Cost To Build A Brick Fireplace

Building a brick fireplace is a project that will take time and effort, but with proper planning and design, it can be an enjoyable experience. You will need to consider the size of your fire pit, the amount of mortar required to build it, and whether you want to install a chimney or not.

You will also need to make sure that there is enough room available for the bricks you plan to use in your construction. The dimensions of your brick fireplace should be determined by the size of the space where it will be located as well as your budget for materials. If you have any doubts about whether or not this project is right for you then consult with a contractor who can help you make decisions about what type of materials would work best for your needs as well as provide guidance on how to get started on this project safely so that everyone stays safe throughout the process.

Building a brick fireplace is an excellent way to add visual appeal and warmth to your home. Brick fireplaces are sturdy, durable, and will last for decades if properly maintained. There are several steps involved in building a brick fireplace. First, you must choose the type of bricks that you want for your fireplace. Bricks come in many different colors and textures, so you should take some time to decide which ones will look best in your home. You can also choose between pre-made bricks and custom-made bricks. Pre-made bricks are cheaper but less durable than custom-made ones; however, both options can be used for building a brick fireplace.

Once you’ve chosen the material for your fireplace, it’s time to begin construction. First, dig out the area where your fireplace will be located so that there is enough room for all of the materials needed during construction as well as space for people walking around while building it (you’ll also need at least two feet of clearance above your head). Then lay down some wood planks or cement blocks on top of this area so that they’re even with each other and level with one another throughout their length (this is important because it will ensure that everything stays put when you’re later pouring concrete overtop).

Brick fireplaces are a timeless addition to your home. They look great, and they’re also a more efficient way to heat your house than old-fashioned wood-burning fireplace designs. If you’re thinking about installing a brick fireplace in your home, here are the steps involved:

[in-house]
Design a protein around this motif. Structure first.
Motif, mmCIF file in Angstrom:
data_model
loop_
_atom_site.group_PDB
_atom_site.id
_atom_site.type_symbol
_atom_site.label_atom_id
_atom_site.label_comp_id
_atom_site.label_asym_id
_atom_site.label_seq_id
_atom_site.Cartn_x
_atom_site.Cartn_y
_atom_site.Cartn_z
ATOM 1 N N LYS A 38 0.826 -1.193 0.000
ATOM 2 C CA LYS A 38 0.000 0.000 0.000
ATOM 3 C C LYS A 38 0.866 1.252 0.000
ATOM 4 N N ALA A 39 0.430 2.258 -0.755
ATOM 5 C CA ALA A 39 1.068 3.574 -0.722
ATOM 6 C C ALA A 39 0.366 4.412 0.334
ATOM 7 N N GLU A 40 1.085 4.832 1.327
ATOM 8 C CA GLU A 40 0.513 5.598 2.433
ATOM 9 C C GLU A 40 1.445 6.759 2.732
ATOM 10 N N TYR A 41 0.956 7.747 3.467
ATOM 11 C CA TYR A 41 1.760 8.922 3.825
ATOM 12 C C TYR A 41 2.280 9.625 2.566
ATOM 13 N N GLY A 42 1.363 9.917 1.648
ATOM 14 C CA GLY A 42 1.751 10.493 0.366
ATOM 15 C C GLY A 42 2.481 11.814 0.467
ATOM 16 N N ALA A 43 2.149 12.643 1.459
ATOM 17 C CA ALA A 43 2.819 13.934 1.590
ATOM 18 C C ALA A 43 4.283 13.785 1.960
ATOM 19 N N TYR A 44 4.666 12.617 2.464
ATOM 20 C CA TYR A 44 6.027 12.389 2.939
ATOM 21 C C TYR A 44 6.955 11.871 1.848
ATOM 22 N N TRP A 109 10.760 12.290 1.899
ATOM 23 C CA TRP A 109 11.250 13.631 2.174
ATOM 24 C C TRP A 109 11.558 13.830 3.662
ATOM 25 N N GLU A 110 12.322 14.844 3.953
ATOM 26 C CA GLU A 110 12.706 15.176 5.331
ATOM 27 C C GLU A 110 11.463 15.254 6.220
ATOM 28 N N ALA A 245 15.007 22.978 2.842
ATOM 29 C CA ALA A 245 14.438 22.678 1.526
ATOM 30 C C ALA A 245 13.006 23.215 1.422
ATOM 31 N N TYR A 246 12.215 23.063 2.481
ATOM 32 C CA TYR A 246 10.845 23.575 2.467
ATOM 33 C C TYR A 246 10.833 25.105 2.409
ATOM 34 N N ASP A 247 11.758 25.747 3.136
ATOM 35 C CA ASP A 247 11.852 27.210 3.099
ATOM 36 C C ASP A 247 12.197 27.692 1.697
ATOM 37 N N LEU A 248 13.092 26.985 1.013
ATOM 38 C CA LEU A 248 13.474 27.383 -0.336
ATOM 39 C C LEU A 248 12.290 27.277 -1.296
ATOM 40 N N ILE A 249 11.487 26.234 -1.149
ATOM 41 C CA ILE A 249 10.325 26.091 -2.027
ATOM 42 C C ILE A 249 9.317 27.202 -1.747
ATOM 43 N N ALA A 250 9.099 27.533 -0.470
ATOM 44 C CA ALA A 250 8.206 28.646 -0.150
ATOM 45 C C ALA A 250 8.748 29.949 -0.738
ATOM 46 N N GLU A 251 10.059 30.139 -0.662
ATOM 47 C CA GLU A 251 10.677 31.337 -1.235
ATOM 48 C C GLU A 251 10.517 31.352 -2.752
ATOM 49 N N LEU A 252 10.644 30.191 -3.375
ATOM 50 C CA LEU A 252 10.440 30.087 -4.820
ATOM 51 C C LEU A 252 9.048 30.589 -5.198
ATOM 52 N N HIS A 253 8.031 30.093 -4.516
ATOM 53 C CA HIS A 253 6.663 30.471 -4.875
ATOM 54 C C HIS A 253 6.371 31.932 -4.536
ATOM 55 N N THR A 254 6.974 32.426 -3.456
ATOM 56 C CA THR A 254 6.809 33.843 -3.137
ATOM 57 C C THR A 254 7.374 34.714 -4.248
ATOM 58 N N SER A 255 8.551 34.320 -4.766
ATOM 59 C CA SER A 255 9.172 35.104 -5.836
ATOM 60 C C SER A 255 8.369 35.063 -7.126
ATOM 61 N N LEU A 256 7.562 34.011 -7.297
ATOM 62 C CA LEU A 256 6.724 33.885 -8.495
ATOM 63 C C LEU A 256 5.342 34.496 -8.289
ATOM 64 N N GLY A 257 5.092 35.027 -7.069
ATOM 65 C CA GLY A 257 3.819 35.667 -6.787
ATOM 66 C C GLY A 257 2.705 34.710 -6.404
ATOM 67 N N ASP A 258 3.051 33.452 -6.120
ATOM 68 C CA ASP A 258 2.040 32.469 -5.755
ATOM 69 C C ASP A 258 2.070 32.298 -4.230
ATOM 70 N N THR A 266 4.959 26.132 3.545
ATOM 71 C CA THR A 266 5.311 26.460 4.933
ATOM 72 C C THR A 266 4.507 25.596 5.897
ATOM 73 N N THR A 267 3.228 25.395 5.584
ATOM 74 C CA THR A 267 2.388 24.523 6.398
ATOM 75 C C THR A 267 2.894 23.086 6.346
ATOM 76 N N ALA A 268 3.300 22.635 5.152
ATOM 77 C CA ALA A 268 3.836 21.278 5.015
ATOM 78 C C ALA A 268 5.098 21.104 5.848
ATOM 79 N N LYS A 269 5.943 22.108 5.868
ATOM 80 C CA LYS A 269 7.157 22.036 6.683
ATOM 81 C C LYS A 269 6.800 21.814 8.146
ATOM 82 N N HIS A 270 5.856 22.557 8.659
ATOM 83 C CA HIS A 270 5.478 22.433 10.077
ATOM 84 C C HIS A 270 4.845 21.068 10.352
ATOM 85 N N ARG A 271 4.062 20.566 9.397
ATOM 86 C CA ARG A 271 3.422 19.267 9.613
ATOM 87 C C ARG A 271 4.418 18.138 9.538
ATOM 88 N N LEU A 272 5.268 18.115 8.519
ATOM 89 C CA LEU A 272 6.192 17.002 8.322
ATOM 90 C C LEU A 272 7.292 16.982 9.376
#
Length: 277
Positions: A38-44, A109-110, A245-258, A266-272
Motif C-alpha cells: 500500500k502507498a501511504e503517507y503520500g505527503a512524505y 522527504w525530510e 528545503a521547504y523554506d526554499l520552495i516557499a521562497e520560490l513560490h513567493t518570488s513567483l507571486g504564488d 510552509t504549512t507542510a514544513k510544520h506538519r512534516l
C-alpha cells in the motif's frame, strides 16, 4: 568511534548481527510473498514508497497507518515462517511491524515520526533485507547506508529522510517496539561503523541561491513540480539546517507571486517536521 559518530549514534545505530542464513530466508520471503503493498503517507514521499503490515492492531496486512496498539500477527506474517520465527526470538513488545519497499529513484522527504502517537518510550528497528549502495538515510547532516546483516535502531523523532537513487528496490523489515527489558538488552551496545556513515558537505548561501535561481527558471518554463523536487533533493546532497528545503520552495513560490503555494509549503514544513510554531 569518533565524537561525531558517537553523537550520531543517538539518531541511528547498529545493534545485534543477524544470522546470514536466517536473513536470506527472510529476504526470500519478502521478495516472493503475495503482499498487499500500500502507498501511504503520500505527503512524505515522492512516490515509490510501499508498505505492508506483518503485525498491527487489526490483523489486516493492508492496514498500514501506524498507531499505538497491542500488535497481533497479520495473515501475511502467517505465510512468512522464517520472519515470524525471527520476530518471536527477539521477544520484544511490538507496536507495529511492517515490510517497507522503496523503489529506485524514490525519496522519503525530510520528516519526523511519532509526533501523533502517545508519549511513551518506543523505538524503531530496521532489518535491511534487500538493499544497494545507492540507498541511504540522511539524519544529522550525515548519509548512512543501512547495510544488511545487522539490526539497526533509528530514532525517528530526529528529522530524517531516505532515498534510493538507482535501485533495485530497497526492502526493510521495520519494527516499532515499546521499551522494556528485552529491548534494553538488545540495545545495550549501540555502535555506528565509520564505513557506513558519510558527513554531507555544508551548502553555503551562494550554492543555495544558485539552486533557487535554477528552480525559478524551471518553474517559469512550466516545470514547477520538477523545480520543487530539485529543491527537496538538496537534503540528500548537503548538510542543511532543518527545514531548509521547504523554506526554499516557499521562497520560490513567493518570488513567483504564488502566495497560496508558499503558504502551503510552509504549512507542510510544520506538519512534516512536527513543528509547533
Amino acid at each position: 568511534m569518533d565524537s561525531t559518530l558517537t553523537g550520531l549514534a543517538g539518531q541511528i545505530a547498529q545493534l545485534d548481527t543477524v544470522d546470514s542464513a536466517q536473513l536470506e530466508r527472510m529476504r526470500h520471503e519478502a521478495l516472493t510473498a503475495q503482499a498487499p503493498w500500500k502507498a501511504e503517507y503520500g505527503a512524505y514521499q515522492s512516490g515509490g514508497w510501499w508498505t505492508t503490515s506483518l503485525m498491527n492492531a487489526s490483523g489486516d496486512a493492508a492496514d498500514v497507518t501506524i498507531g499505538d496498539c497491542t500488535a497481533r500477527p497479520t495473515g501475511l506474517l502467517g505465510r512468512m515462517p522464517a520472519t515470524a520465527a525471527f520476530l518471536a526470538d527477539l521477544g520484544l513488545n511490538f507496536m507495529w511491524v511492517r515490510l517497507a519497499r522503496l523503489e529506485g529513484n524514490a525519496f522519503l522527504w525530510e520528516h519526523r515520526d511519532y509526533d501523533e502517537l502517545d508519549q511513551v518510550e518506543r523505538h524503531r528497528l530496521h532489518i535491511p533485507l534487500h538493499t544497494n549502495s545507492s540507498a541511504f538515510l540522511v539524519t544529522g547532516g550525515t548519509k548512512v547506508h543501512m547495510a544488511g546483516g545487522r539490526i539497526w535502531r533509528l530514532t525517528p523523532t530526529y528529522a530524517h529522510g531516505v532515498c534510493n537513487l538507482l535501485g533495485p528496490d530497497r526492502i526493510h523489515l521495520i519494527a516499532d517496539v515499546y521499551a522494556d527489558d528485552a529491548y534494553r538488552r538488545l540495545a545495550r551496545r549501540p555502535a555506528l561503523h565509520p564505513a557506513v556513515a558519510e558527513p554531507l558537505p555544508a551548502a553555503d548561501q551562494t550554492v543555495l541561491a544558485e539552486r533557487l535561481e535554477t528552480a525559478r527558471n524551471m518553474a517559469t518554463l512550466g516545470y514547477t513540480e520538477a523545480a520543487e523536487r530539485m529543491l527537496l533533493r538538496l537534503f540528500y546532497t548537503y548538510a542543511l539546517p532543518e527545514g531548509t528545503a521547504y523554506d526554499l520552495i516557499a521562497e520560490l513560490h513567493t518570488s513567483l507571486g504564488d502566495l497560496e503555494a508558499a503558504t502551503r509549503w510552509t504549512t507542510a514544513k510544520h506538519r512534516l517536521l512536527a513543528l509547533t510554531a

Obtaining a Permit

Before you start building a brick fireplace, it’s important to check with the city or county office that oversees any permits. Because each city has different regulations, it’s best to call them and ask what you need. You will also want to make sure that your insurance company approves of your construction plans before proceeding.

Selecting Your Brick

The most important thing to consider when choosing your brick is the style of your home. Brick is a popular choice for fireplaces because it is durable and attractive, but some people may not want their fireplace to stand out as much. If you plan on having an open floor plan, or if you already have other brick features in the house, then this will help you make a decision about what color and texture of brick will work best for your home.

If you need help finding local brickyards that sell bricks in different colors and textures, check out FindaBrickyard. They list multiple online stores where you can buy bricks by state or city so that finding the perfect one for your project will be easy.

Demolition Phase

You will need to remove all the existing materials from the fireplace. This includes removing any debris from the area and cleaning up any dust or dirt from your work.

Hire a professional contractor if you are not comfortable with this kind of work, as it can be dangerous if you don’t know what you’re doing.

Building the Foundation

Building a brick fireplace is a lot like building any other home improvement project. You have to start with the foundation, and then build upward from there. The foundation is the most important part of your fireplace because it will determine how strong your firebox will be, as well as how long you can enjoy it before it begins to crumble into pieces.

If you want your brick fireplace to last for years upon years, there are some things you should keep in mind when it comes time to build your own custom fireplaces: